Even ignoring the fact that most of the indies don't have thr resources to get into the bookstores in volume because you are paid months AFTER the books are sold AND are subject to returns, look at all the failed indy athologies that failed to launch any ongoing properties. Flight is the only "indy" anthology that has launched properties. The only indie anthology over the last 10 years when indie anthologies like DWP flourished due to cheaper printing from Korea.

I think you have a very flawed and/or limited knowledge of the US comic market.

Scribbly
01-27-2010, 09:45 AM
I think you have a very flawed and/or limited knowledge of the US comic market.
Yes, maybe DC and Marvel will like to put this idea in practice,
Maybe this is what they were in need for their publications.
Didio and Quesada should definitely be doing something about it.

L Jamal
01-27-2010, 01:27 PM
Yes, maybe DC and Marvel will like to put this idea in practice,
Maybe this is what they were in need for their publications.
Didio and Quesada should definitely be doing something about it.
And now you're finally to the point where Larsen began.

Jason Arthur
01-27-2010, 01:38 PM
And now you're finally to the point where Larsen began.

You could have saved yourself a lot of time by just putting Scribbles on ignore like the rest of us.

:whistlin:

Scribbly
01-27-2010, 01:48 PM
You could have saved yourself a lot of time by just putting Scribbles on ignore like the rest of us.

:whistlin:
Jason, our happy jester everybody!

Biofungus
01-27-2010, 03:45 PM
Jason puts everybody on ignore who disagrees with him.

L Jamal
01-28-2010, 12:04 AM
You could have saved yourself a lot of time by just putting Scribbles on ignore like the rest of us.

:whistlin:
But then I don't get the extra posts to boost my post total.

Scribbly
01-28-2010, 09:18 AM
Hey LJamal,
Seriously, what do think is going to have more chances
in the near future.
Comics in newsstands or comics by Ipad?

L Jamal
01-28-2010, 10:28 AM
While comic book readers trend to be early adapters of technology, I don't think the iPad will be able to sustain the industry on its own unless we see a lot of current non-comic book readers utilizing it to read comics. I think it will become a lucrative additional revenue stream for all levels of the industry, but the print comic will still be around.

Until you can get an iPad in the hands of every kid in the US, the newsstand will still have further reach and a larger audience.

JamieRoberts
01-28-2010, 10:36 AM
I agree, but I also half-expect to see iPad take off big time once the price comes down a little. There are a lot of people saying it's an unnecessary beefed-up iPhone. While I can see the validity in that viewpoint, underestimating Apple is more often than not an unwise move. Scratch that: underestimating the public's rabid desire for the next new gadget, of which Apple are the premier brand, is usually an unwise move.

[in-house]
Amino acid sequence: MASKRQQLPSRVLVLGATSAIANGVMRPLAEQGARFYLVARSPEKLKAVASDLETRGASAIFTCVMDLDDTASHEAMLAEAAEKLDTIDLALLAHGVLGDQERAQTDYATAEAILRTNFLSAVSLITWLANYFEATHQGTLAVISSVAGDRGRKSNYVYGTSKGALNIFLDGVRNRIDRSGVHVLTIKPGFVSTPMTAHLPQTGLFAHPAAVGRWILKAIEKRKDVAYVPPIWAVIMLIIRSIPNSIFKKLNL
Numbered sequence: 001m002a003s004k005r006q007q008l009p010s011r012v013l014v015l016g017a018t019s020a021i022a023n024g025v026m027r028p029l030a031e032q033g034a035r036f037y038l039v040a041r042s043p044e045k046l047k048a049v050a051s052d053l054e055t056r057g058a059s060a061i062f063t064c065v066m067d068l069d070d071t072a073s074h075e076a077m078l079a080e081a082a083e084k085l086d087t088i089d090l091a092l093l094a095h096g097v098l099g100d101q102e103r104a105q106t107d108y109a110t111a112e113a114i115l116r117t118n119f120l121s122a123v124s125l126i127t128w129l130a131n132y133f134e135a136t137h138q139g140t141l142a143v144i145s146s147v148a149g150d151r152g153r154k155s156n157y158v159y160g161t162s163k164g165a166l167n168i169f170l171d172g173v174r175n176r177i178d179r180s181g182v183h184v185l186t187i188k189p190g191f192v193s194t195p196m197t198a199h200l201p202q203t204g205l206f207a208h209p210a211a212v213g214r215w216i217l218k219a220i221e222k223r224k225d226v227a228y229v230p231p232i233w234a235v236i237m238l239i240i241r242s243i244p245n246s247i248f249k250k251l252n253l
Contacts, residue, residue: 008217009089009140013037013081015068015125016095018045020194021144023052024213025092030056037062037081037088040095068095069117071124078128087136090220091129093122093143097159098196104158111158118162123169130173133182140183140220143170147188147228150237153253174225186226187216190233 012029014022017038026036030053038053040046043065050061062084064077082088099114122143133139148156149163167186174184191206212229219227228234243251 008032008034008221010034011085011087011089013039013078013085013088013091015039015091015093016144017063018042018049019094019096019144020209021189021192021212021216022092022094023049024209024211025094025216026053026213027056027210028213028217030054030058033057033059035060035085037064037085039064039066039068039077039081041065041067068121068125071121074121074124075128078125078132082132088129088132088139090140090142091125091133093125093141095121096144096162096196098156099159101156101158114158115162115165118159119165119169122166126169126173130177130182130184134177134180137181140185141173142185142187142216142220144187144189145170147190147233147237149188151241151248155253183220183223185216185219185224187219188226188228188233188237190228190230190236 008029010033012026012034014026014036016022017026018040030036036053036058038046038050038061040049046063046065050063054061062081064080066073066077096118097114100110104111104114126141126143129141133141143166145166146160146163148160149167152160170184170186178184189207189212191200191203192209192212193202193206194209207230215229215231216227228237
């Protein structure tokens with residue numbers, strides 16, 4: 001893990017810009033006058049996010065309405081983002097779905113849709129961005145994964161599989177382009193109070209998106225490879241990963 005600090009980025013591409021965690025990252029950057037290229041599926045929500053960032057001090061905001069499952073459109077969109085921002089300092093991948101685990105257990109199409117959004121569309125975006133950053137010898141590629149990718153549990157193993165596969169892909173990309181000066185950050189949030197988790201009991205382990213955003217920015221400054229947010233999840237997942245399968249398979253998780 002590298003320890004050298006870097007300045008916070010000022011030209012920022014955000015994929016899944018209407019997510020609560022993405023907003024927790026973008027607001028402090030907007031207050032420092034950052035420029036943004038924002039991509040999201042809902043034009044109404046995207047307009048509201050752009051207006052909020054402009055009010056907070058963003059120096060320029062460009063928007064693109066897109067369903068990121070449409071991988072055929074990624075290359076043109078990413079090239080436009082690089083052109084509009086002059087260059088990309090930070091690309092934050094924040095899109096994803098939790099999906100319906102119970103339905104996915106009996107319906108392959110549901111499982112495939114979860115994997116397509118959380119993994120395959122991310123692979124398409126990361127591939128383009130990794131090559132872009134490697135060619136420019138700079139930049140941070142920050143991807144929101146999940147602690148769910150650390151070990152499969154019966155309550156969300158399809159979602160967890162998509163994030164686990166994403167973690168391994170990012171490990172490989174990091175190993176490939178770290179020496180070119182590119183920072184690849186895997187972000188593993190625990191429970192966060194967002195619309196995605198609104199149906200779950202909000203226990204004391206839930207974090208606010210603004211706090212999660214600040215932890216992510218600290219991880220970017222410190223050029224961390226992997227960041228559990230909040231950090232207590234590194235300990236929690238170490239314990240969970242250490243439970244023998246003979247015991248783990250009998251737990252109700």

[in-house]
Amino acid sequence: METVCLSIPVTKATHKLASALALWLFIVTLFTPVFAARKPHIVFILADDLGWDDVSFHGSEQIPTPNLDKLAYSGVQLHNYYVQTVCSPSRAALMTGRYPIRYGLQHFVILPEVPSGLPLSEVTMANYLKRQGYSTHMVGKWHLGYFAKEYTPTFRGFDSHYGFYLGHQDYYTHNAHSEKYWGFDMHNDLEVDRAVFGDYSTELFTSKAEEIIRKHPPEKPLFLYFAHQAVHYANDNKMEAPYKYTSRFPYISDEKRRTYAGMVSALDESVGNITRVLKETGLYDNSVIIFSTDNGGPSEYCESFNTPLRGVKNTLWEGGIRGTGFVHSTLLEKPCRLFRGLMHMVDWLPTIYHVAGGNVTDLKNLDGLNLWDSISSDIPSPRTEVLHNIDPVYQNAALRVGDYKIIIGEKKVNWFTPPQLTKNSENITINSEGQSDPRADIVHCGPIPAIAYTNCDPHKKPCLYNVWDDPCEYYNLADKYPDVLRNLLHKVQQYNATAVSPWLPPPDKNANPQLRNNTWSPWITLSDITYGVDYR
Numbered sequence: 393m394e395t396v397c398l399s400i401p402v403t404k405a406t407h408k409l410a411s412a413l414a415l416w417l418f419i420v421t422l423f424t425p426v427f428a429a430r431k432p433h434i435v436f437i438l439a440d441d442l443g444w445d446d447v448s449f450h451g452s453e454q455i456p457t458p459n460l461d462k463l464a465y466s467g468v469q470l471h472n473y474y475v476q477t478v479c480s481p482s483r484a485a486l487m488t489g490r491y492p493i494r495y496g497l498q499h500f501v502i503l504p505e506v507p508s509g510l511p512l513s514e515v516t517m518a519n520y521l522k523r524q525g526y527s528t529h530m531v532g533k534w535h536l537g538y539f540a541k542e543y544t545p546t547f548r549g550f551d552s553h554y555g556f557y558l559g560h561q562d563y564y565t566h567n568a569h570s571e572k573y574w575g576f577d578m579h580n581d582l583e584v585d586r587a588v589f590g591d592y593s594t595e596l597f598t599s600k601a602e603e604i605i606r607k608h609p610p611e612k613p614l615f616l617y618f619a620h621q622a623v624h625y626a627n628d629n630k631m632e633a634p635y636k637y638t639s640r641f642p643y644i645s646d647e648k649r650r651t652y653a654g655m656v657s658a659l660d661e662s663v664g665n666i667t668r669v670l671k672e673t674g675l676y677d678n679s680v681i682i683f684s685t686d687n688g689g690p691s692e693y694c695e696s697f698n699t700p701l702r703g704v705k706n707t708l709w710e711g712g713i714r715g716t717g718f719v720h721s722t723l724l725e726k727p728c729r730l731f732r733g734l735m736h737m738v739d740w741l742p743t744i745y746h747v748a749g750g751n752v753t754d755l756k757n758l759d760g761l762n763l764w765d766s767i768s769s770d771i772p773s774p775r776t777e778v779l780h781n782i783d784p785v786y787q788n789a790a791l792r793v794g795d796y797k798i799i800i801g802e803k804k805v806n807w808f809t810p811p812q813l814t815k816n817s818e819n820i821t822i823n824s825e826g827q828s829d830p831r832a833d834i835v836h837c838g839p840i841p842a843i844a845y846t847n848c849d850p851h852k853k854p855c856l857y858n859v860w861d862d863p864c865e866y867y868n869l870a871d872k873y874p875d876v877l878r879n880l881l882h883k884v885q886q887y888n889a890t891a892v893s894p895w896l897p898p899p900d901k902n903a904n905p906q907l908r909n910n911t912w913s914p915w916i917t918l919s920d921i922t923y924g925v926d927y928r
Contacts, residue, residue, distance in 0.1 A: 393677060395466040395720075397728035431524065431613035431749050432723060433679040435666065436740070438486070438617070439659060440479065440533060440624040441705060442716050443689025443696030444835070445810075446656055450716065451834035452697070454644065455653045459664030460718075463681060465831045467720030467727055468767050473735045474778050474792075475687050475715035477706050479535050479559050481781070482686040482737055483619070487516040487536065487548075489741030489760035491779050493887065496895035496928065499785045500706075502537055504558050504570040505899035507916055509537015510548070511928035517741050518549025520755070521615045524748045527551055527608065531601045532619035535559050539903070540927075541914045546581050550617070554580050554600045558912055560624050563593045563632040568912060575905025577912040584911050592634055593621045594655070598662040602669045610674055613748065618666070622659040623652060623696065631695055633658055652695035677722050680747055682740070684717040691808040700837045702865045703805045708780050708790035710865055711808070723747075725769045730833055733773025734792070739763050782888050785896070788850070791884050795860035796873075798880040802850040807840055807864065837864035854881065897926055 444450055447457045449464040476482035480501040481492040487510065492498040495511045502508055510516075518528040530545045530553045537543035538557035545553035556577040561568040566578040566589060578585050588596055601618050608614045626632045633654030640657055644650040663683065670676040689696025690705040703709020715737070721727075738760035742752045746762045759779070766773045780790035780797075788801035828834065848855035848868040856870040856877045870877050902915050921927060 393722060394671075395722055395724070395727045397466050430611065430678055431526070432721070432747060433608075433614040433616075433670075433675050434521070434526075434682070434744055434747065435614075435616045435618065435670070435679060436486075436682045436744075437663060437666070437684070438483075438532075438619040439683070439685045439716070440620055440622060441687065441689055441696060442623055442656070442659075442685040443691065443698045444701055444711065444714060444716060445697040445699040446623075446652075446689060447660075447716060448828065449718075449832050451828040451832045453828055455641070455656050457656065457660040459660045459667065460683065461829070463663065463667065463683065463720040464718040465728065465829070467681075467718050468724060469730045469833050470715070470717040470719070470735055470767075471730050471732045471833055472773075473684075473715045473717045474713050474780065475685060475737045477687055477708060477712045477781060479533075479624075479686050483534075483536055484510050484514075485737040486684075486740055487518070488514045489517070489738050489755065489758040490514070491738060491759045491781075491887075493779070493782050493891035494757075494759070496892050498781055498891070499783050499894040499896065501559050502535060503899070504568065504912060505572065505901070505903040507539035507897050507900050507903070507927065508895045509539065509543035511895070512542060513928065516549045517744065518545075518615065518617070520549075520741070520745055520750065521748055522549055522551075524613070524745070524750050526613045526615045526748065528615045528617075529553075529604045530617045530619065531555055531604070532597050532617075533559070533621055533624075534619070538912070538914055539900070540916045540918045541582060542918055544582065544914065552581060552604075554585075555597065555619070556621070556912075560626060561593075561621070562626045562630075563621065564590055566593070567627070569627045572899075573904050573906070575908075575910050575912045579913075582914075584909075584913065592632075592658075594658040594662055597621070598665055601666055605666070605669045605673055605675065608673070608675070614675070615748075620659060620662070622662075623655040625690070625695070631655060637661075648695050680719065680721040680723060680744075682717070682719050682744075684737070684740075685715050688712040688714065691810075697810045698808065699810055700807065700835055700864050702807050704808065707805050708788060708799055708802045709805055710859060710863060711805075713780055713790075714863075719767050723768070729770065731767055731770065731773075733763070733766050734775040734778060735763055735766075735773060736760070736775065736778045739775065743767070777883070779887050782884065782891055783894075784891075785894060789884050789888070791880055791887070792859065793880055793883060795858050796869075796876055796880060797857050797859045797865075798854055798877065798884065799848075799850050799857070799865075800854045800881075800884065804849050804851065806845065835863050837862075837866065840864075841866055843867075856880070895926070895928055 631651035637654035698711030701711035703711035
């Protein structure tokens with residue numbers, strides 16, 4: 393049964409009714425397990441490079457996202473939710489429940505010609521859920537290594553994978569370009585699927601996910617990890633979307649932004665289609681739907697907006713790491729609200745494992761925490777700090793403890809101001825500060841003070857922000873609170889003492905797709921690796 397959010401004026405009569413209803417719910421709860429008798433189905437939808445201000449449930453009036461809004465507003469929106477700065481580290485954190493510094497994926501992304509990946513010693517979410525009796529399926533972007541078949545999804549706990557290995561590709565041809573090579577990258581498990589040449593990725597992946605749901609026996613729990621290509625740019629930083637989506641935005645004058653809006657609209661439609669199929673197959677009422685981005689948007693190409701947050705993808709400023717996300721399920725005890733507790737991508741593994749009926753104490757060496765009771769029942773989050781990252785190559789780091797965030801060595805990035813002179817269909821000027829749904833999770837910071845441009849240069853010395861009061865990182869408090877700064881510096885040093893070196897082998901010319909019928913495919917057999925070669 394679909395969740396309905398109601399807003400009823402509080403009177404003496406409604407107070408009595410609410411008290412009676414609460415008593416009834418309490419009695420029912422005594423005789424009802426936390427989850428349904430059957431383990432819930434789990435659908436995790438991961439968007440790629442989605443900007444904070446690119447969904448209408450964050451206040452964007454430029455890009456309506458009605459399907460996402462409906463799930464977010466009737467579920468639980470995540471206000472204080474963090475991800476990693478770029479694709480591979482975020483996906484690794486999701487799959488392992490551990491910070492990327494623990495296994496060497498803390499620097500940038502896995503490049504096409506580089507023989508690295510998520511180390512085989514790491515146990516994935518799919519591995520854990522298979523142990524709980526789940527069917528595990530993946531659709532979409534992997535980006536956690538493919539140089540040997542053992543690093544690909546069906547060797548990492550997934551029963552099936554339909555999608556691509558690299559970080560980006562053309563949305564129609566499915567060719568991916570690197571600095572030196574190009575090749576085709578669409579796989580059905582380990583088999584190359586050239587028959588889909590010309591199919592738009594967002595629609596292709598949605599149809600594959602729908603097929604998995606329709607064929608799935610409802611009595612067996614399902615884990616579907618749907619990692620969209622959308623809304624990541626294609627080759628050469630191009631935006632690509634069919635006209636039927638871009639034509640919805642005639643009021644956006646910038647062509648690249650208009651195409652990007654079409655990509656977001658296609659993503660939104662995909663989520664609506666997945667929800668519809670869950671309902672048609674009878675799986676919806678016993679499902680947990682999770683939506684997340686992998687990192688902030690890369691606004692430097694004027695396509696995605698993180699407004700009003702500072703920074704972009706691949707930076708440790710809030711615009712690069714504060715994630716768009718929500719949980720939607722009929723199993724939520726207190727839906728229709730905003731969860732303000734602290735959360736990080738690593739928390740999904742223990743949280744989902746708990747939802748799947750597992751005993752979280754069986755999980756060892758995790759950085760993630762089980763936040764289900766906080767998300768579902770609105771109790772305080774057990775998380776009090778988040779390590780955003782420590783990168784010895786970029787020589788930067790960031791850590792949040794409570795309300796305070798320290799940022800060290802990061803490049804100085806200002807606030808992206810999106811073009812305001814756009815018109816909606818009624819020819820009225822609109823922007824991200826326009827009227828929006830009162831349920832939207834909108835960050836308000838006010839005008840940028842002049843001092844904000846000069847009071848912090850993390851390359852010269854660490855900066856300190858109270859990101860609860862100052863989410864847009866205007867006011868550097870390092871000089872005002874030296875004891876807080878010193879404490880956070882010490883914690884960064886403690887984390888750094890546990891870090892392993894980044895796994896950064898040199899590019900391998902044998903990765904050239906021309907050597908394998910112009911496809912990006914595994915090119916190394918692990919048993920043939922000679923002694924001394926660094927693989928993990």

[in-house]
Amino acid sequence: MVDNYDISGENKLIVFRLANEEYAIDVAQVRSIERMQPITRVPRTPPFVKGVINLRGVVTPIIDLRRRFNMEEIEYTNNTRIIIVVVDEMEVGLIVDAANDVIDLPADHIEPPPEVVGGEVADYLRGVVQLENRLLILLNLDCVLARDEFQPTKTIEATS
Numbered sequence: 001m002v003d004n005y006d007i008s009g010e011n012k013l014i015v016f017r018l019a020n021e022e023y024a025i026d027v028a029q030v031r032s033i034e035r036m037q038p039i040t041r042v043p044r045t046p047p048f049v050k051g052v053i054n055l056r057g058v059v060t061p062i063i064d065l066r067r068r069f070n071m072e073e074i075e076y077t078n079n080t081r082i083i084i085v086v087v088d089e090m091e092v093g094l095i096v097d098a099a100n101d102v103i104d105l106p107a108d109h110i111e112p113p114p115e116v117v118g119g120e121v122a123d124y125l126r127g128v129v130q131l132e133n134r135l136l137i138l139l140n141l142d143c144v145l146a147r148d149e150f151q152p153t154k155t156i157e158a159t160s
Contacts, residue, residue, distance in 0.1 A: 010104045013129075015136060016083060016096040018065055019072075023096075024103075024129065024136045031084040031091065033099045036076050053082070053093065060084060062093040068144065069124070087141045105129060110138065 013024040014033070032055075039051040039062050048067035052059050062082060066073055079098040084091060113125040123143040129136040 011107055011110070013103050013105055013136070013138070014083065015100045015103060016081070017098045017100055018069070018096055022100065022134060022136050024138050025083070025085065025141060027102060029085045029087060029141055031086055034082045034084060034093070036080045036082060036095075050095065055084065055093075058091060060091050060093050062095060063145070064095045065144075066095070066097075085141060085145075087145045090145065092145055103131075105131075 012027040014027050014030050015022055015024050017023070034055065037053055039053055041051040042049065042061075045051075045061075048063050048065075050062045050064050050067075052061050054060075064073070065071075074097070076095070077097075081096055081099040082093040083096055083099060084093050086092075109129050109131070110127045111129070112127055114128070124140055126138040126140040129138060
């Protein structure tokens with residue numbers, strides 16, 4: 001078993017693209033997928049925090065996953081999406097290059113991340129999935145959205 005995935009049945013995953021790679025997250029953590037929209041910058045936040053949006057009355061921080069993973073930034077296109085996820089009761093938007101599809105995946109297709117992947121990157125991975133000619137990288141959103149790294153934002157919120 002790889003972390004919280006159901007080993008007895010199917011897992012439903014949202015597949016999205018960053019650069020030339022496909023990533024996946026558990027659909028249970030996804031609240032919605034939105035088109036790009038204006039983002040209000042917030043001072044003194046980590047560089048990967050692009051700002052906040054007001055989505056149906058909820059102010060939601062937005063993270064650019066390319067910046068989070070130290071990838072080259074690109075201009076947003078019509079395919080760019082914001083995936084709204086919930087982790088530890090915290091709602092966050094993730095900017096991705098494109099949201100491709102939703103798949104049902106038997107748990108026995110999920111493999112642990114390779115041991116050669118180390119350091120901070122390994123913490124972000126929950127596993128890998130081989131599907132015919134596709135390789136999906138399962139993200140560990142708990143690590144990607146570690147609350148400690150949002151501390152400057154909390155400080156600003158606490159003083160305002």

The timing of the iPad announcement makes me wonder whether Larsen's theory still holds up. Maybe it holds up better than before, with the potential drop-off in comic stores, or at least their income from monthly books if single issues are available on a widely-owned device at a much lower price point.

Jason Arthur
01-28-2010, 12:20 PM
I agree, but I also half-expect to see iPad take off big time once the price comes down a little. There are a lot of people saying it's an unnecessary beefed-up iPhone. While I can see the validity in that viewpoint, underestimating Apple is more often than not an unwise move. Scratch that: underestimating the public's rabid desire for the next new gadget, of which Apple are the premier brand, is usually an unwise move.

The timing of the iPad announcement makes me wonder whether Larsen's theory still holds up. Maybe it holds up better than before, with the potential drop-off in comic stores, or at least their income from monthly books if single issues are available on a widely-owned device at a much lower price point.

the problem with comics on mobile devices (so far) is that they haven't lowered the price point yet. Granted comixolgy gives a lot of #1 issues out for free, but the Marvel books on there are still cover price and I'd only be willing to drop $.99 per book to read it on a mobile device.

Maybe I'm just cheap.

-- J

JamieRoberts
01-28-2010, 12:38 PM
No, I'm with you on that. I don't have anything capable of reading mobile comics so I didn't realise that. Maybe it's a case of every publisher committing or it's not worth doing. I bet the price is staying the same as print purely on the basis of it being early days. A lot of toe-dipping is going on, it seems.

Jason Arthur
01-28-2010, 02:44 PM
No, I'm with you on that. I don't have anything capable of reading mobile comics so I didn't realise that. Maybe it's a case of every publisher committing or it's not worth doing. I bet the price is staying the same as print purely on the basis of it being early days. A lot of toe-dipping is going on, it seems.

one thing to note about coxiology on the mobile devices:

someone has to edit the books for that format, which means telling the device which way to view each panel, what order to go in, etc

with the ipad though I imagine they can skip that step and just digitize their books in a lower res format for easy up/downloading

-- J

Biofungus
01-28-2010, 04:12 PM
the problem with comics on mobile devices (so far) is that they haven't lowered the price point yet. Granted comixolgy gives a lot of #1 issues out for free, but the Marvel books on there are still cover price and I'd only be willing to drop $.99 per book to read it on a mobile device.

Maybe I'm just cheap.

-- J
For once I agree with you (not about being cheap, but about there being no excuse for them to still charge full cover price for a digitally distributed product).

TimR
01-30-2010, 12:13 AM
I've thought they should do something like Larsen is suggesting for years. The main thing I would change with his idea, would be to put the stories in larger chunks (10 to 20 pages each) and then say "continued in two weeks" or "continued in one month". Maybe the first story in the book would be a 5-page weekly serial, but then three others would rotate out week to week.

ponyrl
01-30-2010, 12:30 AM
You can read comics on you psp. & buy them at the PSP store online downloading them to your psp.

It's interesting.

MrGranger
02-01-2010, 09:44 AM
But then I don't get the extra posts to boost my post total.

If you took all your posts on DW and stitched them together then you'd have a book. Or two.

Jason Arthur
02-01-2010, 10:53 AM
If you took all your posts on DW and stitched them together then you'd have a book. Or two.

But could you read it on a PSP?

:nyah: